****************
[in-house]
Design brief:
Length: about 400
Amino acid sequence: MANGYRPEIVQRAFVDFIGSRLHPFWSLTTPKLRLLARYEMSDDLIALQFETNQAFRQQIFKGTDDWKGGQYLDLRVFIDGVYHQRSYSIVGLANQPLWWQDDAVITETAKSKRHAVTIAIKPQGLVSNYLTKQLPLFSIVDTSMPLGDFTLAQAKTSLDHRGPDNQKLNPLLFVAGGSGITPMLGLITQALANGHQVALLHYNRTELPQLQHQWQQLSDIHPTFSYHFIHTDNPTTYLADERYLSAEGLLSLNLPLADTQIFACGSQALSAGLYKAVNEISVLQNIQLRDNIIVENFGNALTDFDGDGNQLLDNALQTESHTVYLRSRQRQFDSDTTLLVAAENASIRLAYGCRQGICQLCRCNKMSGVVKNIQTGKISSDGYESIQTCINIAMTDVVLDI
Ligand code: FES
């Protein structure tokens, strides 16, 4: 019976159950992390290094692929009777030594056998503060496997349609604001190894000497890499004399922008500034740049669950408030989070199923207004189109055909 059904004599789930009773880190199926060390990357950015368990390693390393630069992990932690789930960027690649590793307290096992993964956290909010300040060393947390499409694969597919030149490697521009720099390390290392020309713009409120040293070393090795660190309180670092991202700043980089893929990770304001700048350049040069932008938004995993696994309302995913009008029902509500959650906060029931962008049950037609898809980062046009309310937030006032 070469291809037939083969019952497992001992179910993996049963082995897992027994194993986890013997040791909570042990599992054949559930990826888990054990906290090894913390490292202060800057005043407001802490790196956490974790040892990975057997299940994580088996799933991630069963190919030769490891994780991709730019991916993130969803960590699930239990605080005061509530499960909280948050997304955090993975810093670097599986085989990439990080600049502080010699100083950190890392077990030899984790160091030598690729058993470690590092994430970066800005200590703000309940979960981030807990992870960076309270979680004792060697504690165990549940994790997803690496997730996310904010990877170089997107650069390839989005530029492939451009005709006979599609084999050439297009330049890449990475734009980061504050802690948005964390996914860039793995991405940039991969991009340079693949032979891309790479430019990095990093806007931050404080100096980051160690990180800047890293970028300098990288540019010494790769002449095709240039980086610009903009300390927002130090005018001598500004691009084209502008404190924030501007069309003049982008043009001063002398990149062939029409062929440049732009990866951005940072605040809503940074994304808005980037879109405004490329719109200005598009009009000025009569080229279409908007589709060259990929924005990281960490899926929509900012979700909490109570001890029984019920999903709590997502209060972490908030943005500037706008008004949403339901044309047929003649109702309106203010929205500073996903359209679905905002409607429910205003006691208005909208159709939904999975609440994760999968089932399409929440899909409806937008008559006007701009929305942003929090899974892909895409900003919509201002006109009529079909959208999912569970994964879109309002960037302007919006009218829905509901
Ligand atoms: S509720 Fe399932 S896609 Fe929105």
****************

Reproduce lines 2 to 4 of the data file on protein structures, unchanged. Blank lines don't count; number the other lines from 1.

Design brief:
Length: about 400
Amino acid sequence: MANGYRPEIVQRAFVDFIGSRLHPFWSLTTPKLRLLARYEMSDDLIALQFETNQAFRQQIFKGTDDWKGGQYLDLRVFIDGVYHQRSYSIVGLANQPLWWQDDAVITETAKSKRHAVTIAIKPQGLVSNYLTKQLPLFSIVDTSMPLGDFTLAQAKTSLDHRGPDNQKLNPLLFVAGGSGITPMLGLITQALANGHQVALLHYNRTELPQLQHQWQQLSDIHPTFSYHFIHTDNPTTYLADERYLSAEGLLSLNLPLADTQIFACGSQALSAGLYKAVNEISVLQNIQLRDNIIVENFGNALTDFDGDGNQLLDNALQTESHTVYLRSRQRQFDSDTTLLVAAENASIRLAYGCRQGICQLCRCNKMSGVVKNIQTGKISSDGYESIQTCINIAMTDVVLDI